“It was Long Beach time,” O’Ward explains to RACER. “It kind of stayed open all year. When I signed with Red Bull it kind of died out a little bit, and then towards the end it was like, ‘Hey, what are you going to be doing for next year? Are you leaving Red Bull? Are you staying with Red Bull?’

“The whole point of me being in Red Bull was getting the super license and moving up to a Toro Rosso seat. That was the purpose of my contract. But we never got the super license, so that’s really where we got into a difficult position. And Helmut , head of Red Bull’s driver development program] told me ‘this is your future’, so I was scouting out my options. And honestly, my best option was to be in IndyCar with McLaren.

“I have to start a life. I have to start really a career doing this as a job, not doing it as a junior driver or how a junior series operates.”

O’Ward’s availability was confirmed late, and by then Askew had already been lined up. When you consider that Colton Herta was originally top of the team’s list, it should come as no surprise it wanted to opt for youth.

“I’ve known Gil for a long time, three or four years, so we’ve stayed in touch and when this all developed I’d go to see Sam (Schmidt) every once in a while and be in the IndyCar paddock as well,” Askew says. “We kept our options open for a long time, and I think that was really important.

“I think we’ve found a home, and we are surrounded by a lot of really great people, and I think it’s the perfect place for me to grow and learn. That’s the most important thing for my rookie season. I feel pretty lucky to have won the Indy Lights championship, and then you normally just get three or four races and it’s hard to move on from that, because there’s so much more to learn beyond three of four races. So it’s a huge opportunity for me, and I’m really glad it worked out.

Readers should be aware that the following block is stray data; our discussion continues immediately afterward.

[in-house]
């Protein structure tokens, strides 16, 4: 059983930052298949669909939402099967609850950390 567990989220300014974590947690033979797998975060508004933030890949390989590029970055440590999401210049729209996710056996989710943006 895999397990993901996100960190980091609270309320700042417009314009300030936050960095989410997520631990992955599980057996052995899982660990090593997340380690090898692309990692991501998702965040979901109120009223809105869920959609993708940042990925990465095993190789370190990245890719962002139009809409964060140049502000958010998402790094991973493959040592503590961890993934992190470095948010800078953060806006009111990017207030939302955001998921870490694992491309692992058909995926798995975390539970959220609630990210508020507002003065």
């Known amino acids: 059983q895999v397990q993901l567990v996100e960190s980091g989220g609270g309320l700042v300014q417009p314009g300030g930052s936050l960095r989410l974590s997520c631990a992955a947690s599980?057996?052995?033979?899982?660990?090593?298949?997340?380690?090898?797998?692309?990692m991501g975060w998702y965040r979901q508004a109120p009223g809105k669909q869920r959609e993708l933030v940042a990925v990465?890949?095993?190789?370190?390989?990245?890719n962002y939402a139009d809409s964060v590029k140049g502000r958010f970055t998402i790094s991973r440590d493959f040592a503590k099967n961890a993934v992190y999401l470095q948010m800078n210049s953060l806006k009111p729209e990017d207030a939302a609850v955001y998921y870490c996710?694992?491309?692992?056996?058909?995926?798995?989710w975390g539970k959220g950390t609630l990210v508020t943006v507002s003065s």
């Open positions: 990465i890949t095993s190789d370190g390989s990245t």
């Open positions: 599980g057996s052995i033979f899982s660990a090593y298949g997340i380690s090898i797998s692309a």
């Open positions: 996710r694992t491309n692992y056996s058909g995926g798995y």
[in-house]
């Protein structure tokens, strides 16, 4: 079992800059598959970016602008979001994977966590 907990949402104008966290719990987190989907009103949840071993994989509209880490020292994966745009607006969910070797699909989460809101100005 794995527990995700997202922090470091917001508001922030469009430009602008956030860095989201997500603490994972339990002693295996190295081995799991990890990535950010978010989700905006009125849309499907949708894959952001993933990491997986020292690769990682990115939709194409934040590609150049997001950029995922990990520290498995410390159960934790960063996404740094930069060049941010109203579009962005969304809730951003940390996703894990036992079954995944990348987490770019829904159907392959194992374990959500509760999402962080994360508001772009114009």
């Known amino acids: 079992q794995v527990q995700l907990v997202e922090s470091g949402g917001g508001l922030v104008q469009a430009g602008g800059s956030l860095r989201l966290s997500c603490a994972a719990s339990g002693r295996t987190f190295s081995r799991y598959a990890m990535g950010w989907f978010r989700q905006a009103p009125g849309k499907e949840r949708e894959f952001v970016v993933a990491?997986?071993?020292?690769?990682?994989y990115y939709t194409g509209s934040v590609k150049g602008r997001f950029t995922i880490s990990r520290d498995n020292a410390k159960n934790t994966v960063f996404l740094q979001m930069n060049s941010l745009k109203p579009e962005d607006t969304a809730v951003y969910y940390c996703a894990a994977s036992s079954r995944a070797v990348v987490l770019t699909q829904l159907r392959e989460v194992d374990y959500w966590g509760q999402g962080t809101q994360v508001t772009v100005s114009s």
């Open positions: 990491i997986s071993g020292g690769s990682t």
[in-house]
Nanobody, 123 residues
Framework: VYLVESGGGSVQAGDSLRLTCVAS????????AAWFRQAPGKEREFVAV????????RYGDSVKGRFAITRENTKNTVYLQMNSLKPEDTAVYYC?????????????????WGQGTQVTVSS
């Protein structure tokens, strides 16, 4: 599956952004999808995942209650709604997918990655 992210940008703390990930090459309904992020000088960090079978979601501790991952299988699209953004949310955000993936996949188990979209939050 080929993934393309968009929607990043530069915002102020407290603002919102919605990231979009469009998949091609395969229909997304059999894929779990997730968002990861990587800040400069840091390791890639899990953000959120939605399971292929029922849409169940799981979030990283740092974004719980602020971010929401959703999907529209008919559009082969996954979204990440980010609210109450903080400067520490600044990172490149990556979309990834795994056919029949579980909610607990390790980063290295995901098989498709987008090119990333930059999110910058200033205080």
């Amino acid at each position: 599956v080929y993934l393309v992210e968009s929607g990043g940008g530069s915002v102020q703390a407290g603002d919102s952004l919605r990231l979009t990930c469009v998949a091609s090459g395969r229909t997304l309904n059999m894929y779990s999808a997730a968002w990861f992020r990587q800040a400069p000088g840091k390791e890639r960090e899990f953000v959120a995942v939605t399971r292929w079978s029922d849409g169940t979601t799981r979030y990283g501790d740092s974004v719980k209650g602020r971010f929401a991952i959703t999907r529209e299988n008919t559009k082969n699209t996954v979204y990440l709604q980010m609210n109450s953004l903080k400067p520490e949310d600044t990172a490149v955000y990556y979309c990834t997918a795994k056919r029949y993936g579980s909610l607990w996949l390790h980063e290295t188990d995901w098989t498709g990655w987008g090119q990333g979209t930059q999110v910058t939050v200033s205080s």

“We had quite a few avenues to explore. It definitely gave me confidence, and I think we made the best decision here. To be paired with Pato – who I rate highly – and we have great engineering staff as well and great driver coaching. Robert Wickens is planning to be helping us out on the side, so it’s a great place.”

The last sentiment is one that is shared by O’Ward, and once again provides another parallel to the F1 line-up, where Sainz and Norris have enjoyed a positive relationship despite often being closely-matched on track.

“Of course I’m happy,” O’Ward says. “I’ve known him since karts and I’ve always rated him highly. He’s always been up and competing at the front, and I want the best teammate by my side. I want someone to give me a hard time, I want someone that pushes me. I lived that with Colton, we’re both friends, we get along very well, but we were both really, really pushing each other, and I think having that collaboration within the team, we created a package that was unbeatable.